Protecting Your Kids When Divorcing an Alcoholic

Protecting Your Kids When Divorcing an Alcoholic


If you have kids and are divorcing an alcoholic or considering it, prepare for some additional difficulties. An alcoholic parent who is still drinking but is in denial may want to have custody of your children. But you know that the person can be a danger to the kids. If it is difficult to trust them and they are prone to drinking, then you must find a way to protect your children.

Laws vary from state to state, so you will have to research your local statutes and talk to an attorney near you. But let’s look at some general principles when it comes to excessive drinking, raising children, and divorce.

Protecting Your Kids

Generally speaking, courts will consider the best interests of the child when making decisions about custody, support, and other aspects of the divorce. If your spouse denies that they have a drinking issue, you will have to prove otherwise to the state.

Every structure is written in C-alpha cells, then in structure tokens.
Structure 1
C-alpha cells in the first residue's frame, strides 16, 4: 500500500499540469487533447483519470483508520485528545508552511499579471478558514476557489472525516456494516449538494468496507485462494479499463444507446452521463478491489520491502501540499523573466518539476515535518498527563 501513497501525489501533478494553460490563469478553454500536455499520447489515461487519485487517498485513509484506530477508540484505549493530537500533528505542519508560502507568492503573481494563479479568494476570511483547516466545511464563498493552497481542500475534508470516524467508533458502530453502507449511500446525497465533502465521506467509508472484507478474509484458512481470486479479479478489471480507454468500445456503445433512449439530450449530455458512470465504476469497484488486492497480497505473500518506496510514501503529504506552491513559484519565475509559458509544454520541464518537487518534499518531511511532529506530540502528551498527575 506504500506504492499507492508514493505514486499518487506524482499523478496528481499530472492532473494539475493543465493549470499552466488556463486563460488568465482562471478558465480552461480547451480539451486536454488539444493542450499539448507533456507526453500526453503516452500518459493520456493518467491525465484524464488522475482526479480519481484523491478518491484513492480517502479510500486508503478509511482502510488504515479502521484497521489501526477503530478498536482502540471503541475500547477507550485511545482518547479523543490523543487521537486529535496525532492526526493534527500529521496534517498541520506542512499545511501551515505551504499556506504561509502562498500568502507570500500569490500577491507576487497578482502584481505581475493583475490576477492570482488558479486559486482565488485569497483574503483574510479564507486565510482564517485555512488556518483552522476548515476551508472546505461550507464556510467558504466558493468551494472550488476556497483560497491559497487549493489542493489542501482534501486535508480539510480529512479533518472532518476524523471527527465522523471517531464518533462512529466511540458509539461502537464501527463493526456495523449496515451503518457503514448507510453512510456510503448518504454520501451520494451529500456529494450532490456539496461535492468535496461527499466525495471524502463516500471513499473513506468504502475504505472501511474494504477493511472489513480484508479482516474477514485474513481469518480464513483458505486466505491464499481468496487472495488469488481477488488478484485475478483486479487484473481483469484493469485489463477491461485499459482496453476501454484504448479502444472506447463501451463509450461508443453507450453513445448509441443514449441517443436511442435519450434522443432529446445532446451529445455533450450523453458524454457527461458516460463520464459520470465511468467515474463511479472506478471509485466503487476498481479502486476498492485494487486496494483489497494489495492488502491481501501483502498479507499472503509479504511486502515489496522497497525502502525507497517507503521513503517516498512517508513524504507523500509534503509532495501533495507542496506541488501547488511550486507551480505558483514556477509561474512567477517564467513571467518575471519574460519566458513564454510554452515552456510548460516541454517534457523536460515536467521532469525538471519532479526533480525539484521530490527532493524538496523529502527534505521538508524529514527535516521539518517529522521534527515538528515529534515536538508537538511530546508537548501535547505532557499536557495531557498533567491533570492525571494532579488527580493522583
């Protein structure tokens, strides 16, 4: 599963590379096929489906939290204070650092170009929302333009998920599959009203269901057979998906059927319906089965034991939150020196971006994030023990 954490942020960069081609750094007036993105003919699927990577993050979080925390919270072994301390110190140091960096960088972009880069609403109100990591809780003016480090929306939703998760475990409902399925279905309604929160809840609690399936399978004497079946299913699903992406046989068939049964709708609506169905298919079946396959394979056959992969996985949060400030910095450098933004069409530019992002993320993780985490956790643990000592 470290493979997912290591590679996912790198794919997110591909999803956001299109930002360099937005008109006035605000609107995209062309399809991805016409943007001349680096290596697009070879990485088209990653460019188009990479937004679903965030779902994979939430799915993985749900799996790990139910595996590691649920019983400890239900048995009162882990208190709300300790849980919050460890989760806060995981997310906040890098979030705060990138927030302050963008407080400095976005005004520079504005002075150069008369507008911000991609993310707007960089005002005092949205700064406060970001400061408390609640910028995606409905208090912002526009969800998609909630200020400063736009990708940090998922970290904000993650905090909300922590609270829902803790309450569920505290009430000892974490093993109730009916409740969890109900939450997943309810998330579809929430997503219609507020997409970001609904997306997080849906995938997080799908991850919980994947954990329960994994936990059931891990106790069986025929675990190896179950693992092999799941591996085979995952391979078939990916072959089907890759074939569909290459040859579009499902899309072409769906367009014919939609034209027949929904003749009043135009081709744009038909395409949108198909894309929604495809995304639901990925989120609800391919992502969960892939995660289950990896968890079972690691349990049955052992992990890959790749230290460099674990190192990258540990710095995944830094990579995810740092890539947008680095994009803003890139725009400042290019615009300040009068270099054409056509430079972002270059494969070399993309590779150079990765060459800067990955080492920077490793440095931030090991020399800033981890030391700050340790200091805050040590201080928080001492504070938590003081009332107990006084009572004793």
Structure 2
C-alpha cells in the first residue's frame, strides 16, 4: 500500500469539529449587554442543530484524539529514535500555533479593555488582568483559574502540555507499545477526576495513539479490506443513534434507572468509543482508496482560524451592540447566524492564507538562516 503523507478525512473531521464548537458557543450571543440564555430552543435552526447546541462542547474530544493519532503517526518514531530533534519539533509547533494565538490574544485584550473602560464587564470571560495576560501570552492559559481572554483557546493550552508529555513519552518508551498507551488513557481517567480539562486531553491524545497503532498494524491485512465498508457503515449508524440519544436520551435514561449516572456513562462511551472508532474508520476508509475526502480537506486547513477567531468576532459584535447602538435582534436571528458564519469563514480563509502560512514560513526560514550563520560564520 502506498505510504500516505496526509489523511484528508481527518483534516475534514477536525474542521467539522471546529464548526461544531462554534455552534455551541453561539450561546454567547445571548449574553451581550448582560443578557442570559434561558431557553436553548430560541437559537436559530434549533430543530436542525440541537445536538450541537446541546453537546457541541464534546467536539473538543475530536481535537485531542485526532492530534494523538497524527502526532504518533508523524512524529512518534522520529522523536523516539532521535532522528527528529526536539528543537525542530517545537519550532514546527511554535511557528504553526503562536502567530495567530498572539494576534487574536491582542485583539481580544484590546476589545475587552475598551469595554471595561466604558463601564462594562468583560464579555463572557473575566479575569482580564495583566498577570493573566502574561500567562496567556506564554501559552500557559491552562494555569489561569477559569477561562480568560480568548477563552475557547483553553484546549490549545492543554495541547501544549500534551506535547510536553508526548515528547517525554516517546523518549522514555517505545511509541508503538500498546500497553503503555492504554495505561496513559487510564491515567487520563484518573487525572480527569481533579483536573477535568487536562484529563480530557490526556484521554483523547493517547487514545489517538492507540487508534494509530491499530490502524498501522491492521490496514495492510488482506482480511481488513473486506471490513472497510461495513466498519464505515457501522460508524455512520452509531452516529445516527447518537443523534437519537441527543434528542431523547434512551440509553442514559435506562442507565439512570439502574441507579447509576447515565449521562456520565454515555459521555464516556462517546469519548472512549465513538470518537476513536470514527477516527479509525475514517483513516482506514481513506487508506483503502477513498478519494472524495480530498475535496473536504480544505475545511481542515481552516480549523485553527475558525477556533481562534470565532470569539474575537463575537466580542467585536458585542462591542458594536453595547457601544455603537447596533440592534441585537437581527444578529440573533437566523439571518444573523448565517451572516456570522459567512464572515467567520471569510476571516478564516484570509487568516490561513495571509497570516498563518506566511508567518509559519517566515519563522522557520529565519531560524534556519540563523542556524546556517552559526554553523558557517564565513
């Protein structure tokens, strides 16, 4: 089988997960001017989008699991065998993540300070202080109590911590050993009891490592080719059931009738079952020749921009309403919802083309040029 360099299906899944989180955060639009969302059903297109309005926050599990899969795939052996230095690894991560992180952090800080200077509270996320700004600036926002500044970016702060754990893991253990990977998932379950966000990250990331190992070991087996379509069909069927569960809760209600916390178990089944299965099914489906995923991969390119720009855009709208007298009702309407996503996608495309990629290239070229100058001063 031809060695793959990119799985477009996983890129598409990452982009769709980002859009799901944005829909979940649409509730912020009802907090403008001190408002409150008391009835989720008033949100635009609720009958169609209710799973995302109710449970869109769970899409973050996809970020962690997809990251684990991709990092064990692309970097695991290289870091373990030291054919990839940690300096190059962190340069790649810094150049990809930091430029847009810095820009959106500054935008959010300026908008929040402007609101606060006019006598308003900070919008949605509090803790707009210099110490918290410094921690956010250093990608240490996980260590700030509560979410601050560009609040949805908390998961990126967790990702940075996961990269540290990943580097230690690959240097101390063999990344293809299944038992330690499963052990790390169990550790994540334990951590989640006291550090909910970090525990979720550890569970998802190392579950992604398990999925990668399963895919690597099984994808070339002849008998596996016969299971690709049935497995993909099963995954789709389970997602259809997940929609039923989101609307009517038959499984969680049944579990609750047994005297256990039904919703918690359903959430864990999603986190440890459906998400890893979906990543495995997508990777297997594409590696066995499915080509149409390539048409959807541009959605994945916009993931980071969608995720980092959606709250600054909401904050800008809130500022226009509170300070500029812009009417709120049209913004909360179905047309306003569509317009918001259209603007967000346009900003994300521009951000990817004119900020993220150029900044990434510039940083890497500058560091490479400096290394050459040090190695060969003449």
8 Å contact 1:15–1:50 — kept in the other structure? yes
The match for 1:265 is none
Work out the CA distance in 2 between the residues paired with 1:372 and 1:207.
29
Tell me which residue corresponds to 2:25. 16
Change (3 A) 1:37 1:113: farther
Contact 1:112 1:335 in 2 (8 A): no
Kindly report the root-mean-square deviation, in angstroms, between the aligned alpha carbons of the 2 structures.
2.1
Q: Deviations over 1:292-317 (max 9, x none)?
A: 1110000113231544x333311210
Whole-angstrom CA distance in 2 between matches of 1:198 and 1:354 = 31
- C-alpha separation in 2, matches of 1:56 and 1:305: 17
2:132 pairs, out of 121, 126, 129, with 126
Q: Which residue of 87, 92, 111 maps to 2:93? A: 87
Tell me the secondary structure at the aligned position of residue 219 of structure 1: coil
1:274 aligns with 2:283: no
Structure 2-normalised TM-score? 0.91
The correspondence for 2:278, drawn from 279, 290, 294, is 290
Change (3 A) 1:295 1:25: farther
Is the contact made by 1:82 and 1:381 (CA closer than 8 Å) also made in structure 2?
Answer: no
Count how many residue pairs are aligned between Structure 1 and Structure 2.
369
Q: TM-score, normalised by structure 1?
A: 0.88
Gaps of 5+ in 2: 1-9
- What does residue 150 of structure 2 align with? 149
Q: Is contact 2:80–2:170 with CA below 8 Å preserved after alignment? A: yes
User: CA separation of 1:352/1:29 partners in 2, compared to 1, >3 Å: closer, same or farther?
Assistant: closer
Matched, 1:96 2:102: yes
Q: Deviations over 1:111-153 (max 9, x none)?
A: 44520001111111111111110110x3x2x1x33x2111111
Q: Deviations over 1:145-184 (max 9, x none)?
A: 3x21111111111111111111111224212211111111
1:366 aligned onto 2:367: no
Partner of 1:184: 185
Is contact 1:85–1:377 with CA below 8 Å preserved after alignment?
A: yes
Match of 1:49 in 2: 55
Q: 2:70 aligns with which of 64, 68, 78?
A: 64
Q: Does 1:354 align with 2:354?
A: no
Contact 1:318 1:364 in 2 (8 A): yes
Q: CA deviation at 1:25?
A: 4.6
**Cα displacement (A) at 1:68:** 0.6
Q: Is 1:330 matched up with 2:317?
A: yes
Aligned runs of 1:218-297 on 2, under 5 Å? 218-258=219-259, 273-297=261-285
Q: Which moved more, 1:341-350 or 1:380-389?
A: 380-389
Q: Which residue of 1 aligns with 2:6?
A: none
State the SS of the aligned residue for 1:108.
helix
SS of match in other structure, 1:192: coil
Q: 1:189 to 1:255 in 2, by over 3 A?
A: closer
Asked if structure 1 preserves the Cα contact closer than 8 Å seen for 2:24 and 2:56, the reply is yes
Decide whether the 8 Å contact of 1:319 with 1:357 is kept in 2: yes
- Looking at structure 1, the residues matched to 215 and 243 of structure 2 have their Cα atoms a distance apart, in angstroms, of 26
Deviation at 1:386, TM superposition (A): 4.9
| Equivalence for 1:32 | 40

In California, for example, Family Code section 3011 states that alcohol abuse is a consideration when evaluating the children’s best interests. The statute provides that the court will consider the following:

The habitual or continual illegal use of controlled substances, the habitual or continual abuse of alcohol, or the habitual or continual abuse of prescribed controlled substances by either parent. Before considering these allegations, the court may first require independent corroboration, including, but not limited to, written reports from law enforcement agencies, courts, probation departments, social welfare agencies, medical facilities, rehabilitation facilities, or other public agencies or nonprofit organizations providing drug and alcohol abuse services. As used in this subdivision, “controlled substances has the same meaning as defined in the California Uniform Controlled Substances Act, Division 10 (commencing with Section 11000) of the Health and Safety Code.”

If your spouse has alcohol or drug-related criminal offenses, that will be considered by the court. For better or worse, if your alcoholic spouse has managed to stay out of trouble and never sought treatment, proving the disease is more difficult. But it can be done.

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